Most people lead internal and external lives and manage to fool themselves into believing their inner self is what's real and true. But only our external personas have any relevance to the world we live in. So there I was, standing in front of the company's Boss of Bosses, with my inner self rising up in righteous indignation to harangue and call him an idiot for denigrating wolves -- wolves! by using some wholly human trait to describe them, while my external self calmly listened to him winding down: " . . . as a practical matter, keep in mind that word of your promotion will probably leak by next Friday with the secretary's retyping of the organizational charts. You'll want to tell him before that. The sooner you do, the sooner he can start making other plans. Think of it that way. And the sooner it's done, the sooner you can start revamping that department to get assignments accomplished in a timely manner."

He drained his glass, put it down on his desk with a clack; as suddenly as that, I knew our interview was at an end. I wondered, briefly, if Buxton realized that I was probably the person Ray'd been "covering" for. Maybe. Maybe not. With Buxton, it was hard to tell and I wasn't sure it would've changed anything if I'd told him that bit of truth. My internal persona was still lecturing him for sharing most people's misconceptions about the wolf; it was the external reality that answered "Okay," and left him there with his glass, his desk, his blonde and blue-eyed secretary and his misconceptions.


Absolutely nothing is certain in this snow-encrusted timberland -- not food, not shelter, not even the sun's obvious warmth.

The primary wolf is leading his hunting pack of two brothers, three sisters, one of his older sons toward the river's shoreline. (His mate is back at their den, guarding new pups.) Once the wolves reach the watering place, they again pick up the scent of the caribou. The herd may be as much as a mile and a half further on ahead.

Male One is larger than average -- 145 pounds, two-and-a-half feet tall at the shoulders, nearly six foot from nose to tip of tail, with the tail accounting for 16 inches of that length. This is partly why he's Male One: His leadership long established, only death or a long-term disabling injury could depose him; it's unlikely he'd be seriously challenged under any other circumstance. Human misconceptions to the contrary, wolves of the same pack are averse to serious fighting with each other, and while play and rank battle are common, neither usually results in real injury. If another male in the pack grows dissatisfied with his lot, it's much more probable that he will simply sneak off with one of his sisters to start a pack of their own.

Male One turns, tail up, ears forward, waiting until the rest of the pack turns with him. Eventually they all come alongside, stop, making sure their bodies are lower than his. They assemble closely for mutual heat, talk to each other with yips and tails and body language, while awaiting his decision on which way and how fast to go.

When he starts off, they are quick to follow. All move at the same steady untiring pace. And as they begin to approach the herd, Male One deploys them along the route, instructing them with pauses, nudges, nips and barks. The youngest male, who's been acting up, quickly tucks in his tail and does as the primary male wishes. This done, Male One and Male Three can circle the hill and run the caribou back in the direction of the pack.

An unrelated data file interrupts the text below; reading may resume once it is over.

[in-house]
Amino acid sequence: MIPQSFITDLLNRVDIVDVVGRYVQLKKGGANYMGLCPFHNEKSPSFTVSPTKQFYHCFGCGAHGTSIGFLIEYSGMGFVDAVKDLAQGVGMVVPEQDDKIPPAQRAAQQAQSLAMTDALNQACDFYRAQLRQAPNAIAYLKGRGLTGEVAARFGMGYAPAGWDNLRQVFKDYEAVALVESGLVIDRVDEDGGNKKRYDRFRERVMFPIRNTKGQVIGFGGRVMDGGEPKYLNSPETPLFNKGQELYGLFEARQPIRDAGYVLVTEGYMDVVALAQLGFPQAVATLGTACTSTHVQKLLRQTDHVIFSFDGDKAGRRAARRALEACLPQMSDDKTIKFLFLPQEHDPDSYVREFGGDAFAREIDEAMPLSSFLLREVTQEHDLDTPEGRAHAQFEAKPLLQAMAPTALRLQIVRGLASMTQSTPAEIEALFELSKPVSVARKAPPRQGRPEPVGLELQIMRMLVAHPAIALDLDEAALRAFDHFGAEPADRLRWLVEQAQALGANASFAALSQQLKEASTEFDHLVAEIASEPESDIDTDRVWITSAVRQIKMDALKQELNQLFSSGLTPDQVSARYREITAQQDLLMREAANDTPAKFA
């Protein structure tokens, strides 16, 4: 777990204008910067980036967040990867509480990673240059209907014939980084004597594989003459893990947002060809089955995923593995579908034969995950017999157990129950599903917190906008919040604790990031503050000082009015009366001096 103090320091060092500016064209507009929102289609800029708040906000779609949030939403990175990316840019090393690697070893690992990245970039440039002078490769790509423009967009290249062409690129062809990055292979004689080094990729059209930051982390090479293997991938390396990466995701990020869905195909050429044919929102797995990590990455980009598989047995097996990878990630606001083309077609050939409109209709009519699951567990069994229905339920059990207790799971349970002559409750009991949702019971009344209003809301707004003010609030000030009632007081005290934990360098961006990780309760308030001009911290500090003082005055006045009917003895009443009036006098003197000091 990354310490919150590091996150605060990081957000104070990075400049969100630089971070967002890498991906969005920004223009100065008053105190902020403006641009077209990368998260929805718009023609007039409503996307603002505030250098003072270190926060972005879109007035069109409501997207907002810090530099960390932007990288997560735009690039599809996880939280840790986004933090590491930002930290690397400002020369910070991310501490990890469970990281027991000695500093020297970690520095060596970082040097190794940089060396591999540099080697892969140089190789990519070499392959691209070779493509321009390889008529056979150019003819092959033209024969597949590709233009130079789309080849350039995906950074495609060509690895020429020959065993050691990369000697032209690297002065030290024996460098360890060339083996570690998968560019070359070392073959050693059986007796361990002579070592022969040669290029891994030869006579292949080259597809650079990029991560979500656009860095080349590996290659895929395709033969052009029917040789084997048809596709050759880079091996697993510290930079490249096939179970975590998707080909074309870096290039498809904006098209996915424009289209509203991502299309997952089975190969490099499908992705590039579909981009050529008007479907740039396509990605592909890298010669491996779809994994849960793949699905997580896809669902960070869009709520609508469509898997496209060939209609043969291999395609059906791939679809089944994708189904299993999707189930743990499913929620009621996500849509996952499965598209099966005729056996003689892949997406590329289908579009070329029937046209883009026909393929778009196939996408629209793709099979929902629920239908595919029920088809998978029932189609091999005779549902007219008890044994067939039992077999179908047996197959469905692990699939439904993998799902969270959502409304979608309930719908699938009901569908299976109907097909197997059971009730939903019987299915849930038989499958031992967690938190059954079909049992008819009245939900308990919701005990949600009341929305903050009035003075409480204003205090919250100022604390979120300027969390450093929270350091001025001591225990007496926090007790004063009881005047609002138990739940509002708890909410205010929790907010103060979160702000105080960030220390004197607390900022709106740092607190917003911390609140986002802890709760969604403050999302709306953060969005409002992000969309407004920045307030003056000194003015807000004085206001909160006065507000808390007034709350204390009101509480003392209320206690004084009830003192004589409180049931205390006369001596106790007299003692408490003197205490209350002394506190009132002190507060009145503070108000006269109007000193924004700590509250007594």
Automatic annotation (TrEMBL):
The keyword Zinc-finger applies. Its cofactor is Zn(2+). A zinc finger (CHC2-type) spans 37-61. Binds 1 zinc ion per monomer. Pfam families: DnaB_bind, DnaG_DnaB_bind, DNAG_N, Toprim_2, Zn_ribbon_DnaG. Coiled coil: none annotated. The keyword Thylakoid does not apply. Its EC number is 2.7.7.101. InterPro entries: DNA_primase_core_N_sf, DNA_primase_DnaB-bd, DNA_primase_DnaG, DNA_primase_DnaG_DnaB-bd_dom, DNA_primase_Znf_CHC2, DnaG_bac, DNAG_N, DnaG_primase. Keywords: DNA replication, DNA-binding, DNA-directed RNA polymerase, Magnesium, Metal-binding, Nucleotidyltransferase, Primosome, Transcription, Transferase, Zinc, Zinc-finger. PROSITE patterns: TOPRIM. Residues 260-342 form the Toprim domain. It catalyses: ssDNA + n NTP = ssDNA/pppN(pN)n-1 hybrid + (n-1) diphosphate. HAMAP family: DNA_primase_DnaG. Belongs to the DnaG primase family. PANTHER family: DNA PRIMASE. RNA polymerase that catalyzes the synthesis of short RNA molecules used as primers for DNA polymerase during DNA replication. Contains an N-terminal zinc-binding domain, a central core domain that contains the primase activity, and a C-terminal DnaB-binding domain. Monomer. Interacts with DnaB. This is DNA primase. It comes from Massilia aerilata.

Once the others are where they need to be, Males One and Three move off to do what they've done successfully many times before. Their confidence, as reflected in the certainty of their movements, is as absolute as it can be in this place of no certainty, as they do have reasonable expectations that they might get the food they need. But among the variable possibilities of failure is the slight yet very real chance that they will meet their own end. Caribou, like the majority of wolves' prey, are capable of turning on and killing the wolves who track them.

Wolves can run up to 40 miles per hour, maintain a chase at less than top speed for upwards of 20 minutes and leap up to 16 feet -- but the caribou can top any of these feats. Individual caribou are also larger than any single member of the pack, and at any moment can decide to turn and give battle with their horns and hooves, weapons that can kill or disable. In this place of no certainty, lone wolves have killed caribou, individual caribou have killed one or two or three wolves, so while a single wolf can kill an adult caribou and yet numerous wolves are no guarantee, experience shows it safer, easier, more sensible and reliable for several to make the attempt. This is the logic of the pack, beyond the emotional ties which wolves form for others in their fighting family. No denying that the odds do favor the pack wolves. Still, out here, there is no certainty.


When they started, two years ago, I called them dreams. In amused tones, I told acquaintances about them in those conversational dalliances you occasionally get into when someone at some dreary social gathering asks, "Did you ever dream you could fly?" or "Did you ever dream you'd died?" While I've never encountered another person in these exchanges who's told me they too have dreamed they were a wolf, it would be too sweeping and presumptuous to claim that I, Stanley Russell, am the only person ever to've had such dreams.